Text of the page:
On Their High Horses: Black Cavalry Soldiers in Mississippi

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“The War in Mississippi—The 1st Mississippi Negro Cavalry Bringing into Vicksburg Rebel Prisoners Captured at Haines Bluff. –From a Sketch by our Special Artist, Fred B. Schell”
From Frank Leslie’s Illustrated News, December 19, 1863; see here and here

When the Civil War began, Mississippi was one of two states in which over half the population was of African descent. Enslaved Mississippians outnumbered free Mississippians by a count of 437,000 to 354,000. Given those numbers, the subjugation and control of slaves was an essential part of the social, legal, and security fabric of the state’s white-only polity and government.

The Union army unraveled white control of the slave population. Although the Union military suffered serious and numerous military setbacks in the East during the first half of the war, especially in Virginia, it was able to gain ground steadily along the Mississippi River and its adjacent states. A key event in the conquest of the River and its environs was the fall of Vicksburg on July 4, 1863. With that and previous victories, the Union was able to solidify its control and occupation of Confederate territory in Tennessee, Arkansas, Louisiana, and Mississippi.

From those occupied areas, the Union army garnered its most African American recruits. These four states provided the most black soldiers to the Union army:
o Louisiana 24,052
o Kentucky 23,703
o Tennessee 20,133
o Mississippi 17,869

The above image illustrates the momentous changes in the status of African Americans during the war. This sketch, from the December 19, 1863 issue of Frank Leslie’s Illustrated News, shows black men transporting Confederate prisoners in the face of a mostly white crowd. A description of the image by the University of Michigan’s Clements Library website notes that “Black soldiers now guard white prisoners and tower over onlookers.”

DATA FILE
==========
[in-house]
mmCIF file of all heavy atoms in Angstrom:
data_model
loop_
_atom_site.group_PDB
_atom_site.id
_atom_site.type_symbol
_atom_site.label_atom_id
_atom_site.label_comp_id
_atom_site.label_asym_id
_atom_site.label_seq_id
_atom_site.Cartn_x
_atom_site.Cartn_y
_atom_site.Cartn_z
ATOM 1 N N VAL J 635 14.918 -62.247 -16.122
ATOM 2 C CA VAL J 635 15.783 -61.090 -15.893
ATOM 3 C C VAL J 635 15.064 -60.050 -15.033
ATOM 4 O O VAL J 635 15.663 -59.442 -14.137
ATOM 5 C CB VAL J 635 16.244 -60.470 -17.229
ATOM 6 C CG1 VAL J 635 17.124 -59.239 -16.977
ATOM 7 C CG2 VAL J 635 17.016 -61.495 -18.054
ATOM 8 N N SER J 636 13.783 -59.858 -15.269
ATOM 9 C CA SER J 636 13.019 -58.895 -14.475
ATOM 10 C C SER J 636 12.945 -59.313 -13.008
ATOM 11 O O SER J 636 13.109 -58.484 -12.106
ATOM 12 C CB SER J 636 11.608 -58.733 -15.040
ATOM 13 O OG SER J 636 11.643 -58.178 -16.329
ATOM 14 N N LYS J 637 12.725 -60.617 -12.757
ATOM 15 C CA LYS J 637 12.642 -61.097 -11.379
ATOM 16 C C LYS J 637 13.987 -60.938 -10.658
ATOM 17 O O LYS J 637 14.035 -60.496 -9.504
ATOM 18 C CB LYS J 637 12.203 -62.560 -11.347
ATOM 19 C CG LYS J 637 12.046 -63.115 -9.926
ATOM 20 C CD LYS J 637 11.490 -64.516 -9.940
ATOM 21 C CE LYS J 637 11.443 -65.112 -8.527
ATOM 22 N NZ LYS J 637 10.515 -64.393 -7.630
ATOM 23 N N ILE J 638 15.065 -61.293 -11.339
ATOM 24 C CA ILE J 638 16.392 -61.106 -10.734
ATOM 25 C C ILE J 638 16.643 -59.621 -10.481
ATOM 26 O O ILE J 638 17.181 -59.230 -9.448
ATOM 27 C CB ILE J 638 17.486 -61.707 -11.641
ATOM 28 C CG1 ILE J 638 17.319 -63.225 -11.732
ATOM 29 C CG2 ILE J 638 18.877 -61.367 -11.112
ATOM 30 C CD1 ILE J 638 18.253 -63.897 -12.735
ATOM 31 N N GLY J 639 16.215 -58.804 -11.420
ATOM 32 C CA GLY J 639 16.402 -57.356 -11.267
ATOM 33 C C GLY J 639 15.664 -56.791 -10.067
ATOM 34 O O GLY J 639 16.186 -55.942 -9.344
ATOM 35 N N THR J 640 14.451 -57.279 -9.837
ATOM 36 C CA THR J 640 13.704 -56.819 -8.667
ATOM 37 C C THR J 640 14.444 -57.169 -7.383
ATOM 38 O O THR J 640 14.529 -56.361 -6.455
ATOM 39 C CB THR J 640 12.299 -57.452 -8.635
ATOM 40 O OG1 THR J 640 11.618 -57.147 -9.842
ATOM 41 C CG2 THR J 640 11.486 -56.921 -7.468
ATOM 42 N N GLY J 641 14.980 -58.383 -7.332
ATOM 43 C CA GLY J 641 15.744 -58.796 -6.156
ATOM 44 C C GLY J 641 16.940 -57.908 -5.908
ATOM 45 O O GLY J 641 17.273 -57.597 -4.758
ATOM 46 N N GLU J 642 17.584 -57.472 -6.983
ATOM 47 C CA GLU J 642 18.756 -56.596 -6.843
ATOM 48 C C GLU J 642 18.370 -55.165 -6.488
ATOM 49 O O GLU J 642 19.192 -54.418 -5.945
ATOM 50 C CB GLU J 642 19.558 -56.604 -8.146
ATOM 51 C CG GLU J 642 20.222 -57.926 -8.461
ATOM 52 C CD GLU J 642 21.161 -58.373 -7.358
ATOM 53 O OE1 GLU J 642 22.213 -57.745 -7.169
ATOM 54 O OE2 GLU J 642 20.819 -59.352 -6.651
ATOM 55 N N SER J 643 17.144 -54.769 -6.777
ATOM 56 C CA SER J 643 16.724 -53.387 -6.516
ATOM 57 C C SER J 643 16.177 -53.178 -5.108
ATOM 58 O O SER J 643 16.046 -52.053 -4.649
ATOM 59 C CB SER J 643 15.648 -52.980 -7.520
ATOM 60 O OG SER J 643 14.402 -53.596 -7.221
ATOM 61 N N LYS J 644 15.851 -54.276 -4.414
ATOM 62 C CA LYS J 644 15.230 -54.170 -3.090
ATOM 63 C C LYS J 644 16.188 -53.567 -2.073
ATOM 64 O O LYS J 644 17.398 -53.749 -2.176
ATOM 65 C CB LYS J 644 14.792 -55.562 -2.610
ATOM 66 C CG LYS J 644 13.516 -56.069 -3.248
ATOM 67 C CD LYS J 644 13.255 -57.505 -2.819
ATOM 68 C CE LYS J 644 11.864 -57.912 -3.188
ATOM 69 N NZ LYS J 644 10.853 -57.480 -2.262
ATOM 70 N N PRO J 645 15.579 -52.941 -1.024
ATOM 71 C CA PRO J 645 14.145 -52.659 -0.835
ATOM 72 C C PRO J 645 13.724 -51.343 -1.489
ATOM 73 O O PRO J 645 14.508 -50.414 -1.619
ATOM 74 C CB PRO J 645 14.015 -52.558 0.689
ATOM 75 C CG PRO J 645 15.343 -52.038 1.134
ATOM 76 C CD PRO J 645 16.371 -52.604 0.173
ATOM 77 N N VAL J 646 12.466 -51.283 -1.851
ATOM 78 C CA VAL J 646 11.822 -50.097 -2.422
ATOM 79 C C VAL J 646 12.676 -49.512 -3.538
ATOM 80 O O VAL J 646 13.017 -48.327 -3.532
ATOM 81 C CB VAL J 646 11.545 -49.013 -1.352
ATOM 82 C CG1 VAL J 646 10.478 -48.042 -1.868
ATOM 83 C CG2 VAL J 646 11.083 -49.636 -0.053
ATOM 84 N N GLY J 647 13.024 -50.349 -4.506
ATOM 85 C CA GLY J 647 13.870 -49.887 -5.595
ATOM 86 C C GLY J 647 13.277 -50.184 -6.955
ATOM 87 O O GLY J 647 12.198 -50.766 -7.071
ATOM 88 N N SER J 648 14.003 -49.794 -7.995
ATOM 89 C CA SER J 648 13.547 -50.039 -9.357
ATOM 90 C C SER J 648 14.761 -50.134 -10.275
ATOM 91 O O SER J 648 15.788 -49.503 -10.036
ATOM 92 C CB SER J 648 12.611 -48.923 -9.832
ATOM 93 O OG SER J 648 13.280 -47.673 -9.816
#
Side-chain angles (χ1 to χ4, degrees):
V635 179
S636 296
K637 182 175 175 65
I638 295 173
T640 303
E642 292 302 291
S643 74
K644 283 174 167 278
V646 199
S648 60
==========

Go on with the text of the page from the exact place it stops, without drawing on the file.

Also of interest is the way the soldiers are drawn. Many period renderings of African Americans depict them as caricatures, with huge lips and ape-like features. This image depicts black men as, well, men. It is a humane and dignified portrayal, befitting their new status as freemen and soldiers.

The army regiment in the picture was actually named the First Mississippi Cavalry (African Descent). In its discussion of Mississippi’s black Union soldiers, Bernie McBride’s website bjmjr.net points out that

The National Park Services lists 10 black Union regiments organized in Mississippi. These are the First Regiment Cavalry; the First Regiment Mounted Rifles; the First, and Second heavy Artillery; the 1st, 2nd, 3rd, 4th, 5th and 6th Regiment Infantry, all officially designated “African Descent.”